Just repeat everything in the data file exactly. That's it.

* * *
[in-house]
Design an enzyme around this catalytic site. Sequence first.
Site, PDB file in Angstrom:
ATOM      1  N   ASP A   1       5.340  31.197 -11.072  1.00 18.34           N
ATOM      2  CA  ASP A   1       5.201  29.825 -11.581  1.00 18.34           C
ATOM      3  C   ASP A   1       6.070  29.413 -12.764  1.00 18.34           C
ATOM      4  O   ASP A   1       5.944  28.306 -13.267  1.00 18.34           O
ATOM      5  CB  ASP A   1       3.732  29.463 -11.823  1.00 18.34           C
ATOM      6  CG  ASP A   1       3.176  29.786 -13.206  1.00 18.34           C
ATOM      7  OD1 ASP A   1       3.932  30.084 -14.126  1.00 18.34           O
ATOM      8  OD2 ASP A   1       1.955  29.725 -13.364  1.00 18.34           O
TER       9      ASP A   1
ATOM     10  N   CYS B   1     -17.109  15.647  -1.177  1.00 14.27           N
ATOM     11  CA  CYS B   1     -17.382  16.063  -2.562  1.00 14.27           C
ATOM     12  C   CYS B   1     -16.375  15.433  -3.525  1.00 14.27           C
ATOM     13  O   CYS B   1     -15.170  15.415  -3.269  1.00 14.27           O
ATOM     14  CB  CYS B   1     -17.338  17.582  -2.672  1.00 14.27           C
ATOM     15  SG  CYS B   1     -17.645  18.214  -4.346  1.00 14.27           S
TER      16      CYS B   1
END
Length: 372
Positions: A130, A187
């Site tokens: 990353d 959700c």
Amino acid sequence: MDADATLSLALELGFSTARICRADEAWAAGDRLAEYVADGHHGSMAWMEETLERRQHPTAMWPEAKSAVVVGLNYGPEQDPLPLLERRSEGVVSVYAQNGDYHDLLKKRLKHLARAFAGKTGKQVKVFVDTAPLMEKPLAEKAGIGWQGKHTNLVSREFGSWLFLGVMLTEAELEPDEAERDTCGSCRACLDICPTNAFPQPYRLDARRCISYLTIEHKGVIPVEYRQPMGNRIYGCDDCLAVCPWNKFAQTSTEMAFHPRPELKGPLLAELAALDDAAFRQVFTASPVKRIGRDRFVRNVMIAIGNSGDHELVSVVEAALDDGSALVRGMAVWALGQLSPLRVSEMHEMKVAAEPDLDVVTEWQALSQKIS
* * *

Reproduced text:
[in-house]
Design an enzyme around this catalytic site. Sequence first.
Site, PDB file in Angstrom:
ATOM      1  N   ASP A   1       5.340  31.197 -11.072  1.00 18.34           N
ATOM      2  CA  ASP A   1       5.201  29.825 -11.581  1.00 18.34           C
ATOM      3  C   ASP A   1       6.070  29.413 -12.764  1.00 18.34           C
ATOM      4  O   ASP A   1       5.944  28.306 -13.267  1.00 18.34           O
ATOM      5  CB  ASP A   1       3.732  29.463 -11.823  1.00 18.34           C
ATOM      6  CG  ASP A   1       3.176  29.786 -13.206  1.00 18.34           C
ATOM      7  OD1 ASP A   1       3.932  30.084 -14.126  1.00 18.34           O
ATOM      8  OD2 ASP A   1       1.955  29.725 -13.364  1.00 18.34           O
TER       9      ASP A   1
ATOM     10  N   CYS B   1     -17.109  15.647  -1.177  1.00 14.27           N
ATOM     11  CA  CYS B   1     -17.382  16.063  -2.562  1.00 14.27           C
ATOM     12  C   CYS B   1     -16.375  15.433  -3.525  1.00 14.27           C
ATOM     13  O   CYS B   1     -15.170  15.415  -3.269  1.00 14.27           O
ATOM     14  CB  CYS B   1     -17.338  17.582  -2.672  1.00 14.27           C
ATOM     15  SG  CYS B   1     -17.645  18.214  -4.346  1.00 14.27           S
TER      16      CYS B   1
END
Length: 372
Positions: A130, A187
């Site tokens: 990353d 959700c």
Amino acid sequence: MDADATLSLALELGFSTARICRADEAWAAGDRLAEYVADGHHGSMAWMEETLERRQHPTAMWPEAKSAVVVGLNYGPEQDPLPLLERRSEGVVSVYAQNGDYHDLLKKRLKHLARAFAGKTGKQVKVFVDTAPLMEKPLAEKAGIGWQGKHTNLVSREFGSWLFLGVMLTEAELEPDEAERDTCGSCRACLDICPTNAFPQPYRLDARRCISYLTIEHKGVIPVEYRQPMGNRIYGCDDCLAVCPWNKFAQTSTEMAFHPRPELKGPLLAELAALDDAAFRQVFTASPVKRIGRDRFVRNVMIAIGNSGDHELVSVVEAALDDGSALVRGMAVWALGQLSPLRVSEMHEMKVAAEPDLDVVTEWQALSQKIS